Trip Highlights: ORCAS. Link to photos on our Facebook page
Early Sunday morning we set out from Simon's Town in amazingly flat conditions and headed south towards Cape Point. We encountered several African Penguins going out to feed, just offshore of Boulders Beach penguin colony.
Once reaching Cape Point, we encountered a massive feeding frenzy of several hundred seabirds, including Cape Gannets, Cape Cormorants; Common, Sandwich and Greater Crested (Swift) Tern, Kelp Gull, a few Sooty Shearwaters and White-chinned Petrels.
After enjoying this coastal abundance, we headed south-west to the Cape Canyon. The trip out delivered several Shy Albatrosses and a few Giant Petrels.
We arrived at our destination at the Cape Canyon. Unfortunately there were no trawlers working in the areas. We resorted to chumming and we drew in a variety of species, including Arctic and Common Tern, Shy Albatross, Northern and Southern Giant Petrels, Pintado Petrel, Wilson's Storm Petrel, Cape Gannets, Brown Skua and Kelp Gulls.
Later, the wind started to pick up and we soon turned and started the journey back to the coast. Just before we reached Cape Point a call of "ORCAS" went out. We were treated to a pod of four (male, female, juvenile and calf!!) magnificent marine predators. They were very obliging and we were able to spend nearly 45 minutes following the pod before heading back to the coast once again.
Back in False Bay we headed to the cormorant colonies at Partridge Point. The rocks here had both breeding Bank and White-breasted Cormorants and a few roosting Cape and Crowned Cormorants. We also briefly stopped to view a group of resting Cape Fur Seals and several African Black Oystercatchers before finally heading back to port.
Pelagic species seen and approximate numbers:
Shy Albatross - 5-10
Southern Giant Petrel - 1
Northern Giant Petrel - 3
White-chinned Petrel - 50-75
Sooty Shearwater - 20-30
Pintado Petrel - 1
Wilson's Storm Petrel - 3-5
Brown (sub-Antarctic) Skua - 1
Arctic Tern - 1
African Penguin - 10-15 (at sea)
Cape Gannet - abundant (coastal); 10-20 pelagic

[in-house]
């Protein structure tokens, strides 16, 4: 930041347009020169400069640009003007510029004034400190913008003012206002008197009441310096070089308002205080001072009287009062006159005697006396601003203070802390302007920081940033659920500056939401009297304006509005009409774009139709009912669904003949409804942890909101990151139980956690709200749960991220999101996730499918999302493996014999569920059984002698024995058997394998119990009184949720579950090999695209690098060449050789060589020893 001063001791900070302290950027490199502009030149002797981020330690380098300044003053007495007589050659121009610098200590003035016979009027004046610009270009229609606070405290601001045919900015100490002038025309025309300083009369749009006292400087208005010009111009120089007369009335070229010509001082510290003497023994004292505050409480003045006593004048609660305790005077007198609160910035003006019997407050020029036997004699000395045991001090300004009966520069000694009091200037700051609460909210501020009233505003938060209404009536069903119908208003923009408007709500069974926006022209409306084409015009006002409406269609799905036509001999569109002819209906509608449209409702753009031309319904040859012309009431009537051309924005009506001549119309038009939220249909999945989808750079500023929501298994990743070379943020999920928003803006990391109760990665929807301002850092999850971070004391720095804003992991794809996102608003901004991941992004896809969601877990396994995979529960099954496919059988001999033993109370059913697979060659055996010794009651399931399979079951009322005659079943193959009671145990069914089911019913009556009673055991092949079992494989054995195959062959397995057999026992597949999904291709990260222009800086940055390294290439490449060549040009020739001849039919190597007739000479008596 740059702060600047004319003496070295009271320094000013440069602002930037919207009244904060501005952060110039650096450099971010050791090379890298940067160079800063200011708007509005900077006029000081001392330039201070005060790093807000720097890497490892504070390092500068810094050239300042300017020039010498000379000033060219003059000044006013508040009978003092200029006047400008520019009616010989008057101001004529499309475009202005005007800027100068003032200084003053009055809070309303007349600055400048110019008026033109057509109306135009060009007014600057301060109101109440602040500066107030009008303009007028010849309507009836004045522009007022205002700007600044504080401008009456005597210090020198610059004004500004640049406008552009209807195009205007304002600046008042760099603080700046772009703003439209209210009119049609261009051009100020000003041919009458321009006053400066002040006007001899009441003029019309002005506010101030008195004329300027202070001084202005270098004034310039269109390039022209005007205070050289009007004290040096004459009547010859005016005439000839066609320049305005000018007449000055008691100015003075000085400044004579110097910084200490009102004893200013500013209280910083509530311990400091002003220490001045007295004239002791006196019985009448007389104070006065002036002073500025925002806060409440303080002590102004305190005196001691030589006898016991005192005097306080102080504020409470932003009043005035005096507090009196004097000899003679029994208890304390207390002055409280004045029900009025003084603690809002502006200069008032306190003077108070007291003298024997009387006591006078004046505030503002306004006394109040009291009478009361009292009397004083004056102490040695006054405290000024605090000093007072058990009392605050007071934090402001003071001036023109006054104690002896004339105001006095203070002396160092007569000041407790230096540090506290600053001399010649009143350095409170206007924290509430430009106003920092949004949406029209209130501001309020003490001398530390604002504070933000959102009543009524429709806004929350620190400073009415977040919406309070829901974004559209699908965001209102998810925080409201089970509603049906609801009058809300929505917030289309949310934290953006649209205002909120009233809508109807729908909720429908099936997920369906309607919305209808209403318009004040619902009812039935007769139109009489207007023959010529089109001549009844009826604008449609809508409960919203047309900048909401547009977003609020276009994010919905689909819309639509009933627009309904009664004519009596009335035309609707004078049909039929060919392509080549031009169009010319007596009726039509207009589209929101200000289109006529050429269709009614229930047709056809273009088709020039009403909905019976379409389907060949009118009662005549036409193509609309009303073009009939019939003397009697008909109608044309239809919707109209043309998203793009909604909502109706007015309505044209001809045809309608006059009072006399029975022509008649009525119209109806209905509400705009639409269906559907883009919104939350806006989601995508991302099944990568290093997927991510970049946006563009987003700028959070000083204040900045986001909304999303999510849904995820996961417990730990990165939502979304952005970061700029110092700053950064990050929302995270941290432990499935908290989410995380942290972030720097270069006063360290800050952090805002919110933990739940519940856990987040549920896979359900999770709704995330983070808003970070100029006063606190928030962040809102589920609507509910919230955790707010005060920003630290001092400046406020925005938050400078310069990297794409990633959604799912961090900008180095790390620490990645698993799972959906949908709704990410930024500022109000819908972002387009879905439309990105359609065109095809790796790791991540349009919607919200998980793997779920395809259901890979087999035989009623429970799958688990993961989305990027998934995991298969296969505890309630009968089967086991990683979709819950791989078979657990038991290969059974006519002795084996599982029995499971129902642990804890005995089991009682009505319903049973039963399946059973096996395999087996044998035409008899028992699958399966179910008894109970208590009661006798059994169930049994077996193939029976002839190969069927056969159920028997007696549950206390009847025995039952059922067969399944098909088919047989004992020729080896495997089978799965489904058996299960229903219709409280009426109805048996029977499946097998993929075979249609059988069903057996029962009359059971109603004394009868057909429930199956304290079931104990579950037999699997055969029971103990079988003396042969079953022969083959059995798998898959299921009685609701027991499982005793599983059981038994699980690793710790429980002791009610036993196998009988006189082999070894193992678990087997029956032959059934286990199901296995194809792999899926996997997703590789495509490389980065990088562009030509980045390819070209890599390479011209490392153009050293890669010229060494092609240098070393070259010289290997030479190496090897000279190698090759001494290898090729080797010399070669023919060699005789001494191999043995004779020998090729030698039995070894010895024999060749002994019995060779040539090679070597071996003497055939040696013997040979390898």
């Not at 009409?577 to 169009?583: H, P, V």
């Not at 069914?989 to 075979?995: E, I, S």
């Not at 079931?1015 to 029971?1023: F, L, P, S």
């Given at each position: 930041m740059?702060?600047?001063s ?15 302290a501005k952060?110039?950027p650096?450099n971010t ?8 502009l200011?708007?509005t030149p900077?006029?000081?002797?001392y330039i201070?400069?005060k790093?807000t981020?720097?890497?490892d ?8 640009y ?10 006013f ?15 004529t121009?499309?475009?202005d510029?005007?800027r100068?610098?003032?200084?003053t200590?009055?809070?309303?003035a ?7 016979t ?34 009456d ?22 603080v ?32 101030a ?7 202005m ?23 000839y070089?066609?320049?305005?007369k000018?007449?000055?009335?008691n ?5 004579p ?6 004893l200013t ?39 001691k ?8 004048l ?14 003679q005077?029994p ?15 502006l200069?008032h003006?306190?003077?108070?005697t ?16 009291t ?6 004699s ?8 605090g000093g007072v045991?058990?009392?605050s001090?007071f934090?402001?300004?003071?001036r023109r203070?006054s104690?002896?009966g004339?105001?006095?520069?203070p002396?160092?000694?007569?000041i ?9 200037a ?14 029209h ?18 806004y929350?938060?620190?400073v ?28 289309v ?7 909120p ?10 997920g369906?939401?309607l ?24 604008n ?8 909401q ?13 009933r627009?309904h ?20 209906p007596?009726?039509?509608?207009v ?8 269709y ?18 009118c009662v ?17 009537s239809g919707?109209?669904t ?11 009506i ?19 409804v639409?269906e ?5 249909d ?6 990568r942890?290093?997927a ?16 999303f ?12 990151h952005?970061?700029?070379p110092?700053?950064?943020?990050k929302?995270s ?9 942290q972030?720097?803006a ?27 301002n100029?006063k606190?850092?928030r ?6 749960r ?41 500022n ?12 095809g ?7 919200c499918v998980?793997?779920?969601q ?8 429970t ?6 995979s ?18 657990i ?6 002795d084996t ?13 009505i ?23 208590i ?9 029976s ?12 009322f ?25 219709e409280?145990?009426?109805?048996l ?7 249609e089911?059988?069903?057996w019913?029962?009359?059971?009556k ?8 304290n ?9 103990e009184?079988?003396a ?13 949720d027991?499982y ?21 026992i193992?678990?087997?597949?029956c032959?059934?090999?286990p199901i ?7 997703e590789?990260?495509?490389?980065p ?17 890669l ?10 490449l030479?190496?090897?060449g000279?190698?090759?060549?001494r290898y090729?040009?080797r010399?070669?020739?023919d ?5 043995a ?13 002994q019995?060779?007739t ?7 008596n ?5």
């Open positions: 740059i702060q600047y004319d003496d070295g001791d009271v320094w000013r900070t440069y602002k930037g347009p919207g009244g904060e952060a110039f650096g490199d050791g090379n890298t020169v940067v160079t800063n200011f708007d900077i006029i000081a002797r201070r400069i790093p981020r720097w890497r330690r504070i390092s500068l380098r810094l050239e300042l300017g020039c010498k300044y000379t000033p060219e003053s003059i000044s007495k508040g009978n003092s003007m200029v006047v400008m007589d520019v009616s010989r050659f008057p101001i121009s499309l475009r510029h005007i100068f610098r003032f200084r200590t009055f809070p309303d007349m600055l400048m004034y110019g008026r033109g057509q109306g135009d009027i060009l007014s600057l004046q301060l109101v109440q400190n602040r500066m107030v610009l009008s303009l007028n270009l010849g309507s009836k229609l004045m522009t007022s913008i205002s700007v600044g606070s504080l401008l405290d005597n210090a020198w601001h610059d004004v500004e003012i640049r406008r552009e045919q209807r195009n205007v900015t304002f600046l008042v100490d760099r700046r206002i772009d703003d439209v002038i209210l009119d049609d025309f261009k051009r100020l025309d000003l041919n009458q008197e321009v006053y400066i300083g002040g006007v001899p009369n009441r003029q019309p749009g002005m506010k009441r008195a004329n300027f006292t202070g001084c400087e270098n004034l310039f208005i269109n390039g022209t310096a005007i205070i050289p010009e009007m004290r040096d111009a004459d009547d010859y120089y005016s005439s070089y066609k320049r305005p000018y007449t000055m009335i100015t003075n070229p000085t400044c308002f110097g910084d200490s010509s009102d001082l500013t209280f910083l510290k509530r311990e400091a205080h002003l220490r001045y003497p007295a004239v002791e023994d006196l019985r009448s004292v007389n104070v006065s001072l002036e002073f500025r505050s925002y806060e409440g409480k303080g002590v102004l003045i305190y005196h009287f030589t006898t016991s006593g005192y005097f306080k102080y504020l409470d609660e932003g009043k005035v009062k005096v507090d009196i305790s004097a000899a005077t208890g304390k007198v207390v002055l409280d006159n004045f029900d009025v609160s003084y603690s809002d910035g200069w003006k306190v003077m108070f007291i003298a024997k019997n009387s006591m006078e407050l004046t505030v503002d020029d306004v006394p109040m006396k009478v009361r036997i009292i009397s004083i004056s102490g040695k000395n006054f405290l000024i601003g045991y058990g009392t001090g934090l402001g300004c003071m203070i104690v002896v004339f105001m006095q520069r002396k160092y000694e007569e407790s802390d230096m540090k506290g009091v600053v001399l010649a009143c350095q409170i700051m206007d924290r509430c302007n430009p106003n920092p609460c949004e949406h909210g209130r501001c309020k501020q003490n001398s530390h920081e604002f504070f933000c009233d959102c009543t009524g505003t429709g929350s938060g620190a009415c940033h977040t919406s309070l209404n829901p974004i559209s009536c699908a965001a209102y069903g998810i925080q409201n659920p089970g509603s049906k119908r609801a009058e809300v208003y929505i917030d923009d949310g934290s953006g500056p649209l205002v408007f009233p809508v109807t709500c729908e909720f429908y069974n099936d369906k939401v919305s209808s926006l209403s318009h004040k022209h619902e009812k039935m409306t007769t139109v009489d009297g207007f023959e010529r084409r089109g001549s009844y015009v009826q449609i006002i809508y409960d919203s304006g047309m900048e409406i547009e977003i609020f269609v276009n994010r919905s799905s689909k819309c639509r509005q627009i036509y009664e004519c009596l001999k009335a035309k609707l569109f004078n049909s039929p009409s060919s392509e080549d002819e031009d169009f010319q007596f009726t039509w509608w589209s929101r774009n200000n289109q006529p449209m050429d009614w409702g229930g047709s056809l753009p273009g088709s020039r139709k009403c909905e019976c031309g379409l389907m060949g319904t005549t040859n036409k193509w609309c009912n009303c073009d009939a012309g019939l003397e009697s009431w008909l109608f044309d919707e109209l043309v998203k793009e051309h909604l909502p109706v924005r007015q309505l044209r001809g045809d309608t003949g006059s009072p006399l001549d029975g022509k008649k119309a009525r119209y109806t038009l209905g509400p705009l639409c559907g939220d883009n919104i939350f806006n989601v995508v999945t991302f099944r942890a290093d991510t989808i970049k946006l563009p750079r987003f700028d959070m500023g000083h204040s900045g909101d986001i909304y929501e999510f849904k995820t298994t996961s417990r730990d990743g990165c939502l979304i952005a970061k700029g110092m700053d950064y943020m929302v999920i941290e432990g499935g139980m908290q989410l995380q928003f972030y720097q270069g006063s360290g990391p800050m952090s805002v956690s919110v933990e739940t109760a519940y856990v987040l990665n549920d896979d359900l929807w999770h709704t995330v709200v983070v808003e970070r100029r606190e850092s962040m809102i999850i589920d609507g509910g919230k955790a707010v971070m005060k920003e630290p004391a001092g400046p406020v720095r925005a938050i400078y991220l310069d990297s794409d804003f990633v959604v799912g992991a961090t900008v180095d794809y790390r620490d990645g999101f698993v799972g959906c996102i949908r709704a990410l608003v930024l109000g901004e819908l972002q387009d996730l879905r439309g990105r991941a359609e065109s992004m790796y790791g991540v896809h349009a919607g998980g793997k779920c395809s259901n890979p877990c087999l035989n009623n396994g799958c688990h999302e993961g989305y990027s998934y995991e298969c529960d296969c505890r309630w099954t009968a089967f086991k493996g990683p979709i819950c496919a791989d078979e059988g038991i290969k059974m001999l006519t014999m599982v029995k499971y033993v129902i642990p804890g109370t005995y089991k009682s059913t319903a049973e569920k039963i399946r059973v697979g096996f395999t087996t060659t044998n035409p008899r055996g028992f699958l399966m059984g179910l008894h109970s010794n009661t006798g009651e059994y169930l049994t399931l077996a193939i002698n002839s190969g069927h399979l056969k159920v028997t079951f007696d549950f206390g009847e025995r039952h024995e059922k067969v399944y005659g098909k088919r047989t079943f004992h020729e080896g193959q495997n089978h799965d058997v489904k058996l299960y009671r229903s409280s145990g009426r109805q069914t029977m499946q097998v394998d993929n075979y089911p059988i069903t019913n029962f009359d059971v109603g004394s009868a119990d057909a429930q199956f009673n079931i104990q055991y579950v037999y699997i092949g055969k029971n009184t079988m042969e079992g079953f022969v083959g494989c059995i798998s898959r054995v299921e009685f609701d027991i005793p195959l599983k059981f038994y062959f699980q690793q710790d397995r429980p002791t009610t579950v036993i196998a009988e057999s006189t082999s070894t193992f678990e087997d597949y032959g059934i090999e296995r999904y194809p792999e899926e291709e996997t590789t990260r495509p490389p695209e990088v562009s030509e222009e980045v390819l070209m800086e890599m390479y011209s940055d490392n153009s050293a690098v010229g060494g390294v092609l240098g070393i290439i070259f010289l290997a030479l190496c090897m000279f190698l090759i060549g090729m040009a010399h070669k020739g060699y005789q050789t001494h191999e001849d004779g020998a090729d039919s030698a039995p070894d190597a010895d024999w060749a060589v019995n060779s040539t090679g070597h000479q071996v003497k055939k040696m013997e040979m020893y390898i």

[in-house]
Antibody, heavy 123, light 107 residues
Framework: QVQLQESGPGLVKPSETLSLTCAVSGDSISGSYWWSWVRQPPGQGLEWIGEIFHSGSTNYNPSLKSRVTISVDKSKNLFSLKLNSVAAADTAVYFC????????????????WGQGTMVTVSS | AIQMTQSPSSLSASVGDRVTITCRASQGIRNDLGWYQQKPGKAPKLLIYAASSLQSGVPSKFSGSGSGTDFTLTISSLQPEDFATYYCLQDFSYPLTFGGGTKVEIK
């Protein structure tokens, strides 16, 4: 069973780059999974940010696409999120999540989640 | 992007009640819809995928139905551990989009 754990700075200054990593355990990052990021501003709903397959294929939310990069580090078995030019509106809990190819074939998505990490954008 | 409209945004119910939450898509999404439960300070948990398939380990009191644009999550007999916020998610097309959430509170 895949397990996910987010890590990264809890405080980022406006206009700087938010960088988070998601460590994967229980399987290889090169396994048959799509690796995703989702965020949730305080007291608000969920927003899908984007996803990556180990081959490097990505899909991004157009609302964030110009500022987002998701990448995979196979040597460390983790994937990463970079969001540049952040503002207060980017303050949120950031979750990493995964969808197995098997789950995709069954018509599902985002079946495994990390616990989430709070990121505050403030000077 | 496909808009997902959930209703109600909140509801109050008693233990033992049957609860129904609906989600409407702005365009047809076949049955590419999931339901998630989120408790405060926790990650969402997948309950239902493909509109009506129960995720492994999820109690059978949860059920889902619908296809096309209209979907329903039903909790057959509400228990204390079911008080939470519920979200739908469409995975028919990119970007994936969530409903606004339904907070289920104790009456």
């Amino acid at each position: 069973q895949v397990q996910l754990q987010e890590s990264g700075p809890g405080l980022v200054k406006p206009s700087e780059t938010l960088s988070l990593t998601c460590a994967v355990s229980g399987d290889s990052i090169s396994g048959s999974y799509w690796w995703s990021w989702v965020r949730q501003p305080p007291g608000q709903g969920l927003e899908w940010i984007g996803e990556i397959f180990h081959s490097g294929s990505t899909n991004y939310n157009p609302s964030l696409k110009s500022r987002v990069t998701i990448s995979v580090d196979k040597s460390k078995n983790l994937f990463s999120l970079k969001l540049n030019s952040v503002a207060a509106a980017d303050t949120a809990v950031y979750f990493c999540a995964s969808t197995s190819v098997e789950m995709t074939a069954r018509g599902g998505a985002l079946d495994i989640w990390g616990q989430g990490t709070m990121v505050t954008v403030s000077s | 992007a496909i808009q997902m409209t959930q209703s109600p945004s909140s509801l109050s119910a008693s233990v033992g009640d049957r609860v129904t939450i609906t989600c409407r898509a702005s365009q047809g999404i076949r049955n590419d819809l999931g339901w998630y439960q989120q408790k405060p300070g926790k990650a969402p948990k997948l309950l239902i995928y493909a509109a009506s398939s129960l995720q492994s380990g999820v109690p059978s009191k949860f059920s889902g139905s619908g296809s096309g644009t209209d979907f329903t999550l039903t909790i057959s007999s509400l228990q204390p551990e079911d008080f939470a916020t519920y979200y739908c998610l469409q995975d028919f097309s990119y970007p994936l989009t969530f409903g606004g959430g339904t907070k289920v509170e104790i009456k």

Cape Cormorant - abundant (coastal); 1 pelagic
Bank Cormorant - 20-30 (breeding)
White-breasted Cormorant - 30-40 (breeding)
Crowned Cormorant - 1
Kelp Gull - abundant (coastal); 20-30 (pelagic)
Hartlaub's Gull - common (coastal)
Great Crested (Swift) Tern - abundant (coastal)
Sandwich Tern - abundant (coastal)
Common Tern - abundant (coastal); 10-15 (pelagic)
African Black Oystercatcher - 2 (coastal)
Cape Fur Seal - abundant coastal; 2-5 (pelagic)
Humpback Whale - 3
Orca - 4
A message from Cape Town Pelagics:
A huge thank you to our experienced skippers who are
able to safely lead us to the best birding areas and
skillfully manoeuvre the boat into just the best position
while all on board are busy concentrating on the birds!
Coordinating a pelagic trip over a year in advance
with guests from all across South Africa and different
countries around the world requires an organised office
team. We thank them for their special eye for detail
- and for the sometimes last-minute rearrangements
and frustration if the weather delays the trip to
another day! Our biggest thank-you is to our Cape
Town Pelagics guides who take time out of their work,
often involving seabirds and conservation, and time
away from their families, to provide our guests with
a world-class birding experience. Cape Town Pelagics
donates all it profits to seabirds, and so all the
participants who join the trip make a contribution
towards bird research and conservation - a big thank
you from all of us.
Trip Report by Cape Town Pelagics
guide Vincent Ward.
To book, simply email
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